Tuesday, November 17, 2009

iPhone Games / Return of Castle Conflict

The return of Castle Conflict / Week of no sleep round 2

It is something that's been in the back of Josiah's and my mind for months now (ever since Castle Conflict first went live in May), something that we'd intended to do a lot earlier. When we first released the game, the reviews we were getting basically said, "We love this game, but there's not enough of it!". When you have users saying, "We want more of your game!", then usually, it's a good idea to give them more of it.

All well and fair, but we felt fairly limited in what we could do. We had some significant problems, most notably, screen space; we had used up all the screen space we could, and any new units we added would require more buttons. Where would those go?

The second was, if we only have 8 units, how do we make multiple levels?

At the time, we were still of the mindset that iPhone games would not take us long to make. Castle Conflict had taken us 1 day of prototyping + 8 days developing + 1 day finalising. And those weren't full days. Furthermore, we had an idea for another game that we thought would not take long to make: Ant Attack. Surely, if we made Castle Conflict in a week, we could make Ant Attack in one, maybe two? And during that week, we could let our subconcious work on ideas for how to fix Castle Conflict. Surely, our users could wait a week for another update?

That ended up not being the case. The truth is, we don't work together full-time. I had a couple of computer games I was finishing up at the time. Josiah is also working on a computer game and a band project. To make matters further delayed, we each had a summer vacation of greater than one week planned, but neither of us at the same time.

Ant Attack ended up taking us 4 weeks of development, but because of our varied schedules, did not get released until the middle of October, at which point I was in the midst of a move. So it is with a huge sigh of relief that we were able to sit down, solve the aforementioned problems of Castle Conflict, and free a block of time to finish it.

Let this be a lesson to all future iPhone developers: Make your update for your game as soon as possible! What we should have thought in May, and will think next time, is "Surely this audience who might want Ant Attack can wait a week until our existing audience is pleased with the update they have told us they want." Because, you don't know how often those weeks of productivity are going to be available to you. And you want to address the audience that already exists, not one that might not.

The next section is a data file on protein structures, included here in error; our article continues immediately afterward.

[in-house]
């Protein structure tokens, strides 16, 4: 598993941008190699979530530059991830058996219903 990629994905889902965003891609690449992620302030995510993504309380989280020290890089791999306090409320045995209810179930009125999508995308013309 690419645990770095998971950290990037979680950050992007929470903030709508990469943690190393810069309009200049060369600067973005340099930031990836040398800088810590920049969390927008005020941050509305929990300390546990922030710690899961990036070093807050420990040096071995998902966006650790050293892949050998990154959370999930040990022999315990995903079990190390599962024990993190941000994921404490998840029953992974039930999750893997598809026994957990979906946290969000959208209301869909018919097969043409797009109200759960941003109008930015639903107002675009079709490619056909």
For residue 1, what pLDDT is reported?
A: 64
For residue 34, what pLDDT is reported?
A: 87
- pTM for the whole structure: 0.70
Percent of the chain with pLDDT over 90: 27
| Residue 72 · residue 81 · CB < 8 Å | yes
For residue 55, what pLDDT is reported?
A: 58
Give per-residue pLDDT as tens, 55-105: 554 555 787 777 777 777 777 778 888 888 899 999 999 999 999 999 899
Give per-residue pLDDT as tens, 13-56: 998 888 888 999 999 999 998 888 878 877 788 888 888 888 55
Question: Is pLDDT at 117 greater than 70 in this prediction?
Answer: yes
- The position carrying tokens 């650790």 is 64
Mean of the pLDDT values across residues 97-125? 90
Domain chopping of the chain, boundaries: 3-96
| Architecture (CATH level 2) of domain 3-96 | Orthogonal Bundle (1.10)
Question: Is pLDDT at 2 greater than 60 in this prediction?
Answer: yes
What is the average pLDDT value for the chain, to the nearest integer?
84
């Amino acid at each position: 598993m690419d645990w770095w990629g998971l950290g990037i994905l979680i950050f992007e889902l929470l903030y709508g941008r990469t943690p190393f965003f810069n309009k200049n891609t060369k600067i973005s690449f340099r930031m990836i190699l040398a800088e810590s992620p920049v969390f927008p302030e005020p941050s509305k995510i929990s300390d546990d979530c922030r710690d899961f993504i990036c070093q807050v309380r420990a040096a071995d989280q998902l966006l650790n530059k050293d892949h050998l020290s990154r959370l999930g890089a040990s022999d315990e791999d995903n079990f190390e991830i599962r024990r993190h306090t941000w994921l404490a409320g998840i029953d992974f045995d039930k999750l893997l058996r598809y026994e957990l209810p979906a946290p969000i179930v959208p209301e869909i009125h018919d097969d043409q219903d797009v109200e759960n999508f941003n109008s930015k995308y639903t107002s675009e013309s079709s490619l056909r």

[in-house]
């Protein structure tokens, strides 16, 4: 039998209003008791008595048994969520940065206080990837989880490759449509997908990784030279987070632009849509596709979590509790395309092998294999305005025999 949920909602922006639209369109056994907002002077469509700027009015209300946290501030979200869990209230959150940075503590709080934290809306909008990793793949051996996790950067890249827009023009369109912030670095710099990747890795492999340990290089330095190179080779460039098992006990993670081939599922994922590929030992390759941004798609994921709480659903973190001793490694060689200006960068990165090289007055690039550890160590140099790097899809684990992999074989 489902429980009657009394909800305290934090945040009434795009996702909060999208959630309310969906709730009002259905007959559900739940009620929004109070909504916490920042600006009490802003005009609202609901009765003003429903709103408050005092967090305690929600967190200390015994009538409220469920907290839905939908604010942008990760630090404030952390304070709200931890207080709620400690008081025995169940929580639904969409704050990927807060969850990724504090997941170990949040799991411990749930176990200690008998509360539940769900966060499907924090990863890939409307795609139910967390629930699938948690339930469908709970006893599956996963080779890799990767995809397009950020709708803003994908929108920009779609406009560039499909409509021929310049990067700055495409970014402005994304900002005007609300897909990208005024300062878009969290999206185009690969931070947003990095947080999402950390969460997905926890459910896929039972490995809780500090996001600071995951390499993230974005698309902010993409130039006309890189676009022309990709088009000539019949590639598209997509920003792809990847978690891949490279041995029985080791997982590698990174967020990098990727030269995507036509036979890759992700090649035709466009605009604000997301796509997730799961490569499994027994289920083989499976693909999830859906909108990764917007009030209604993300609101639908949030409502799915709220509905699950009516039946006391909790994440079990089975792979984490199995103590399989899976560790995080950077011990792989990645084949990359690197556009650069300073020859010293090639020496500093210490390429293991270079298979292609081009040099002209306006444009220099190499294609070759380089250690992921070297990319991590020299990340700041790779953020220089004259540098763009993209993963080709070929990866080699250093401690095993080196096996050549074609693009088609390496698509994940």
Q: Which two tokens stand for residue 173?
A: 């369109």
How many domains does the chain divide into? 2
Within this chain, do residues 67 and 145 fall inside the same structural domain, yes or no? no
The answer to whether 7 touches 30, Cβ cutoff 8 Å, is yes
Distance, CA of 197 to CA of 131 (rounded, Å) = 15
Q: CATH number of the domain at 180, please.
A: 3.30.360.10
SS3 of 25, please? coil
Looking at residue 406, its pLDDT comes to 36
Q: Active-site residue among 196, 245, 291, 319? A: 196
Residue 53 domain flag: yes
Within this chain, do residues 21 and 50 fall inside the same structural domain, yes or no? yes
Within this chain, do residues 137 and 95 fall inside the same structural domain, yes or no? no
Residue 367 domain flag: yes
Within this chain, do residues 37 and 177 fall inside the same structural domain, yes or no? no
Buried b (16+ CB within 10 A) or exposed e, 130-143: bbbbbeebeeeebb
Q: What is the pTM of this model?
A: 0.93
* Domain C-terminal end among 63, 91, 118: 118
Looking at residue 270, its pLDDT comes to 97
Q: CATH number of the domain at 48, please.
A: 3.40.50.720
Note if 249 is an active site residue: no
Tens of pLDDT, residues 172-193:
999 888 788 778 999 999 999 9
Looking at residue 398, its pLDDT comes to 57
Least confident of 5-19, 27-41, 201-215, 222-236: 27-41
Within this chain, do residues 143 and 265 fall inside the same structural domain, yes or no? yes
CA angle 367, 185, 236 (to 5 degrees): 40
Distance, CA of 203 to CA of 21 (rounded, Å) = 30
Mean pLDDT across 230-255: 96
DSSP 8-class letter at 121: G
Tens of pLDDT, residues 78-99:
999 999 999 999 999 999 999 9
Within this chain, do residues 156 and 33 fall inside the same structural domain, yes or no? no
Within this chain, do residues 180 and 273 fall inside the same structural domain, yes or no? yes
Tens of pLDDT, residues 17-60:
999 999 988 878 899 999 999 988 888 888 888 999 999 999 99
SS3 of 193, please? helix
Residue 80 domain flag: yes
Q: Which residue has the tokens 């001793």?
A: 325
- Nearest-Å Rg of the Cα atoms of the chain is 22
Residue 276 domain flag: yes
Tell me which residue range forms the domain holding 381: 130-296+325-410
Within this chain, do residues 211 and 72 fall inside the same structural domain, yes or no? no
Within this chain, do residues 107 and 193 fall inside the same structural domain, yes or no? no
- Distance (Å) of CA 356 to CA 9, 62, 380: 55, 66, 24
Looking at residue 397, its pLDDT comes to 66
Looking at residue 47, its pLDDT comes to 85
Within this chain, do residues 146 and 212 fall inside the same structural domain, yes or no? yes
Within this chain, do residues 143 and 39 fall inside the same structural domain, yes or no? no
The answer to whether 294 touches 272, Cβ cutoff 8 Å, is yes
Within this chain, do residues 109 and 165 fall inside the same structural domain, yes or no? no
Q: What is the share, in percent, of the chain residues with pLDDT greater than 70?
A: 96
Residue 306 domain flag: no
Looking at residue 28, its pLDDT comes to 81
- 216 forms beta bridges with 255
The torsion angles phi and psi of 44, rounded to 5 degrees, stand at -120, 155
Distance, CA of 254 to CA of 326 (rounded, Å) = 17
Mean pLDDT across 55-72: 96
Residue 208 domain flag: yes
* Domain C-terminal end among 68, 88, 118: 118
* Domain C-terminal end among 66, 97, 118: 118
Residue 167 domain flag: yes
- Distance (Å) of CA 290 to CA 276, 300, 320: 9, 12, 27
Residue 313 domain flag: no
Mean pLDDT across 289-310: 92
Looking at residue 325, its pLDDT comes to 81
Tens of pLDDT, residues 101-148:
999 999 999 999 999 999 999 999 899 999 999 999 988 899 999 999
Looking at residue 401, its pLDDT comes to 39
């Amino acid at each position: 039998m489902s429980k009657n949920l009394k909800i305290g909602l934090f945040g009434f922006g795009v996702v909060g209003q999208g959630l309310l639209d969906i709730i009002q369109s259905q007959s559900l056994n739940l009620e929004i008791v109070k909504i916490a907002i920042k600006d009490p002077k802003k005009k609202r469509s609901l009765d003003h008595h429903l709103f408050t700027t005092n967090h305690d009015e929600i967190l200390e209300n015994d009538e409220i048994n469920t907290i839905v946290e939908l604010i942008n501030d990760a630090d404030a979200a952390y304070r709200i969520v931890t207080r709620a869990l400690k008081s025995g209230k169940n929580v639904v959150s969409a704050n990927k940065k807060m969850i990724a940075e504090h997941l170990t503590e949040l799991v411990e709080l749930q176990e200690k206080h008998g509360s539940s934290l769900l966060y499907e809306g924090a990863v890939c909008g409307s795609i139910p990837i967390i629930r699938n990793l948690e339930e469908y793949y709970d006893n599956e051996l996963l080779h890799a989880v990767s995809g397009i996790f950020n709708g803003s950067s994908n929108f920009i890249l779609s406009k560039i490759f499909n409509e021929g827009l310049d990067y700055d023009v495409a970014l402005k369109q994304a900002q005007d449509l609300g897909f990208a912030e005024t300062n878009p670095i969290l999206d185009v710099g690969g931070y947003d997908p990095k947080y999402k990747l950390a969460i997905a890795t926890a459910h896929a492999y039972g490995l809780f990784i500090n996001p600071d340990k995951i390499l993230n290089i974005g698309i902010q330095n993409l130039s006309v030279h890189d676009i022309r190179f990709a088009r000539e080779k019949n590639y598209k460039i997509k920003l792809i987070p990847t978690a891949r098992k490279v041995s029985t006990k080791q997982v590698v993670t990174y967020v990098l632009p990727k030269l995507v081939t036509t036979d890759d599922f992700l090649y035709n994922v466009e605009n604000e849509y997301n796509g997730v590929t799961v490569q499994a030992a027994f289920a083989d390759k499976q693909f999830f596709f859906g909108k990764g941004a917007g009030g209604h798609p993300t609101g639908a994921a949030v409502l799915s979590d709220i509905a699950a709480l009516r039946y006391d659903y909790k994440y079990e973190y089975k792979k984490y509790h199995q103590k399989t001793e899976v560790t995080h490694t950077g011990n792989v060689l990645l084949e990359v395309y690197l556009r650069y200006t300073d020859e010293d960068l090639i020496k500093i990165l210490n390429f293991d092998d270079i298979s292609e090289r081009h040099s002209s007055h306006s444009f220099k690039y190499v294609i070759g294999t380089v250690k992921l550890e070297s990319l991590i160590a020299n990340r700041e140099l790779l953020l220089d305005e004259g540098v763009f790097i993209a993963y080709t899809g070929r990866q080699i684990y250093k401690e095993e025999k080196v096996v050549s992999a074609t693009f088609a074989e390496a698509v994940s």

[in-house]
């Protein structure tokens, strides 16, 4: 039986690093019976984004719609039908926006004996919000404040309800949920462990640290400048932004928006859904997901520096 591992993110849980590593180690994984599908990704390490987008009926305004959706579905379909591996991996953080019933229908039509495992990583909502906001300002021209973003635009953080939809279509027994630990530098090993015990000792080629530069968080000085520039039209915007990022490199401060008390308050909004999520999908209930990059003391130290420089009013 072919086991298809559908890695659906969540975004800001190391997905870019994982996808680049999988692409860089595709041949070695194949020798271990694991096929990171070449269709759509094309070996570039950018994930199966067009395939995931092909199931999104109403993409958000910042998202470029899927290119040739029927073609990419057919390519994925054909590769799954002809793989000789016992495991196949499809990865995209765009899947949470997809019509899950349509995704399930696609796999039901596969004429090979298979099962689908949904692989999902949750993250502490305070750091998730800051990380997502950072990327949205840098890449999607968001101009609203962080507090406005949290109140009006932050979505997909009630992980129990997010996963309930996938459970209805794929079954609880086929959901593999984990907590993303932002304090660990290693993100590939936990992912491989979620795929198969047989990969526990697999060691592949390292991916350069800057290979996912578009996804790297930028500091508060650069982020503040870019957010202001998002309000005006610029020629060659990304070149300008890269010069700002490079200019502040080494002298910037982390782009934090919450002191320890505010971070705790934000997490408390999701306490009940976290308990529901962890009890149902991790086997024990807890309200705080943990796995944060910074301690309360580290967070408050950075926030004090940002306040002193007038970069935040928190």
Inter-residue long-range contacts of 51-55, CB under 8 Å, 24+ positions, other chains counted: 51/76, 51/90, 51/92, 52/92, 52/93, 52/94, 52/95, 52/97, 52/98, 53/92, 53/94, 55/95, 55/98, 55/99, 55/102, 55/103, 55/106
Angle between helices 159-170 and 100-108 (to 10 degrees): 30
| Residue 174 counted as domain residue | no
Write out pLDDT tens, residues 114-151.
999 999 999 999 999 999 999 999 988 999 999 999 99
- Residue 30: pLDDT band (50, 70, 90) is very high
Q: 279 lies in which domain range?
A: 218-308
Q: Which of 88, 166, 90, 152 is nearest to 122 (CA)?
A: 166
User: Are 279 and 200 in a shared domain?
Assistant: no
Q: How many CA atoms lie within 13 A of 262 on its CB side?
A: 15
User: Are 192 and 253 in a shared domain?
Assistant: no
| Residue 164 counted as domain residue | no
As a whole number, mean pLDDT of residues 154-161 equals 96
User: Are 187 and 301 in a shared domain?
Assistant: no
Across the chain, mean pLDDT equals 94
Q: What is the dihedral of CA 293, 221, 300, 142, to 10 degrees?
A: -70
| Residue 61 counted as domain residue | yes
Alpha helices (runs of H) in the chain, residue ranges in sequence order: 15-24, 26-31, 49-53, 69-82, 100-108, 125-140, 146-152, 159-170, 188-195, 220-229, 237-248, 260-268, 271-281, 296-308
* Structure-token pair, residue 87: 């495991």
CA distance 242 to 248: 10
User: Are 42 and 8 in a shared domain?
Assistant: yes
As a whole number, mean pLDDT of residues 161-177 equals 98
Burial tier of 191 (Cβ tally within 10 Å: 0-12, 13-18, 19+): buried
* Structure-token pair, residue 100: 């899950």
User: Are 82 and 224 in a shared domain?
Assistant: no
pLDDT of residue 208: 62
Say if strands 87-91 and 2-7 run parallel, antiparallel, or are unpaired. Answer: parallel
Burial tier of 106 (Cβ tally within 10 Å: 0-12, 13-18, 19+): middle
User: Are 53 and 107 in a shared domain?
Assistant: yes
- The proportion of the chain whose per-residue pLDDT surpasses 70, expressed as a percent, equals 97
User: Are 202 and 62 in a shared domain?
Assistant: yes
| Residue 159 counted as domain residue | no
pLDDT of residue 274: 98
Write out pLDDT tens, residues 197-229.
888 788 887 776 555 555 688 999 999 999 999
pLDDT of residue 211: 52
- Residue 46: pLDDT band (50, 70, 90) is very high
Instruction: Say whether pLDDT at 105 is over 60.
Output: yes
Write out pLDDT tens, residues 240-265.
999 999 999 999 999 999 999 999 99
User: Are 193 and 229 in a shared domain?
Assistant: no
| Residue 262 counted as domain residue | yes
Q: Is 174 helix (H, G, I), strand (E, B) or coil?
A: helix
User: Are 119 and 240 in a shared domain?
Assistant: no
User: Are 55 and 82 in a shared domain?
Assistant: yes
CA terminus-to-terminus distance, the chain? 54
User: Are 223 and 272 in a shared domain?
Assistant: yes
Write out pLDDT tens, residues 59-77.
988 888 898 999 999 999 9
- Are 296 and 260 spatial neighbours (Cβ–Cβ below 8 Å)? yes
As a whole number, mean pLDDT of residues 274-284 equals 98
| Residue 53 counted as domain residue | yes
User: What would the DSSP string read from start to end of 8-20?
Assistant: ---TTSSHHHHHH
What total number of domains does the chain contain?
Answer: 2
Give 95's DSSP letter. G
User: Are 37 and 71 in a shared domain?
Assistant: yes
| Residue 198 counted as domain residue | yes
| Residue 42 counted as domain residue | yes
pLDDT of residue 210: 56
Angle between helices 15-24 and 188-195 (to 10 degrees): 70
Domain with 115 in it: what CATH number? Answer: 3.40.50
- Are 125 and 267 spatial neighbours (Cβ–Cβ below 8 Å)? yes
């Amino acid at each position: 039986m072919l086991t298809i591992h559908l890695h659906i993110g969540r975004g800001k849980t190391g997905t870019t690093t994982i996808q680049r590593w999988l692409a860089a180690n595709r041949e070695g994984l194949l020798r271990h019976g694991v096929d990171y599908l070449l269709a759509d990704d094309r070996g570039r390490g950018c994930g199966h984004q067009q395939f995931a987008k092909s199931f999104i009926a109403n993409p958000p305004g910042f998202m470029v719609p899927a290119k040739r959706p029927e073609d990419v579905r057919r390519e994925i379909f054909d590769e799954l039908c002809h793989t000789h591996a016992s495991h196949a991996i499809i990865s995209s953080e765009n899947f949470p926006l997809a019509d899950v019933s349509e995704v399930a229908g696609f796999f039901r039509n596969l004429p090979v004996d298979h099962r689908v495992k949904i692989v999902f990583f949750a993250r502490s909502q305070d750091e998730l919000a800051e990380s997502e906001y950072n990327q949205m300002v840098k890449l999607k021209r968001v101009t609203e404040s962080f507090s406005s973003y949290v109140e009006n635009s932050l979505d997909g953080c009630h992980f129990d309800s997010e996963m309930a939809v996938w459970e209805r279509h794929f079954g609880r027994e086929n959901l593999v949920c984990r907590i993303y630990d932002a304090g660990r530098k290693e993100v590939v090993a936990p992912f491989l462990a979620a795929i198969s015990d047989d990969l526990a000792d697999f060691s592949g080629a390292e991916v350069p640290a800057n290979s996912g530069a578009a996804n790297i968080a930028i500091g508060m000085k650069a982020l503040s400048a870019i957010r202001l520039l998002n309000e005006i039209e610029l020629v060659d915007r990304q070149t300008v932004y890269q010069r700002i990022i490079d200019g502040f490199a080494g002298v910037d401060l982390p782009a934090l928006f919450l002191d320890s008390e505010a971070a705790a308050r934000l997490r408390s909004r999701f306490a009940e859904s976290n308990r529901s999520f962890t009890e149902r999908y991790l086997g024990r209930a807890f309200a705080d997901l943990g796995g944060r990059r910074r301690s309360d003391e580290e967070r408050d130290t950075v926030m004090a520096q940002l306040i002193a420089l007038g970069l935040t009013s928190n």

What update?

In order for this to be feasible in the time we have available (once again, just one week), we are once again structuring this update in a tiered manner, and those tiers are:

1) Campaign Mode, New unit pack 1
2) Quick Play Cleanup
3) Campaign Mode Cleanup
4) New Unit Pack 2
5) New Unit Pack 3
6) Multiplayer

Sadly, multiplayer is last, and we don't really expect to get it in this update, as much as we would like to. Luckily, updating is easy to do.

Planning is Key!

We have one week for this project, so once again, we are using as many productivity tools as possible to keep things organised and moving smoothly.

1) MSN: We are working from different cities, so the ability to communicate in real time is a huge need. MSN allows us to do that.

2) XP-Dev: We are once again using this online tool to manage our tasks and plan our project. The software has been updated, so before where we had to rank our tasks by integral values to determine their importance, this time we were able to split our tasks across multiple iterations, as outline above.

3) Mockups/Flow charts: Okay, so we are very 'indy', and I use the free Mac 'Paintbrush' software to make these, so they don't look as professional as those done in Visio or another equivalent software. Nonetheless, sometimes the best way to communicate is visually, so we use images as below to communicate ideas before spending hours working on implementation and graphics for them:

Friday, November 13, 2009

Storytelling in Games: Part 2

The Game Industry likes to refer to itself as art. They like to talk about how they allow the players to have deeper experiences in the story than the player has had before. I am not going to comment on whether or not games count as art (I think it's subjective and on a case by case basis), but the storytelling is an interesting aspect.

When a reader reads a book, they often feel strong connections to their characters. They get to hear what their characters think, feel, dream, hope, etc. It can reach a point where, if a reader is truly immersed, they feel like they ARE a character. Games give players one more step into that immersion. They let players actually BE that character. But this is a problem, because games usually have the following constraints:

1) A linear or semi-linear story
2) A path for their protagonist
3) Other characters that the player interacts with.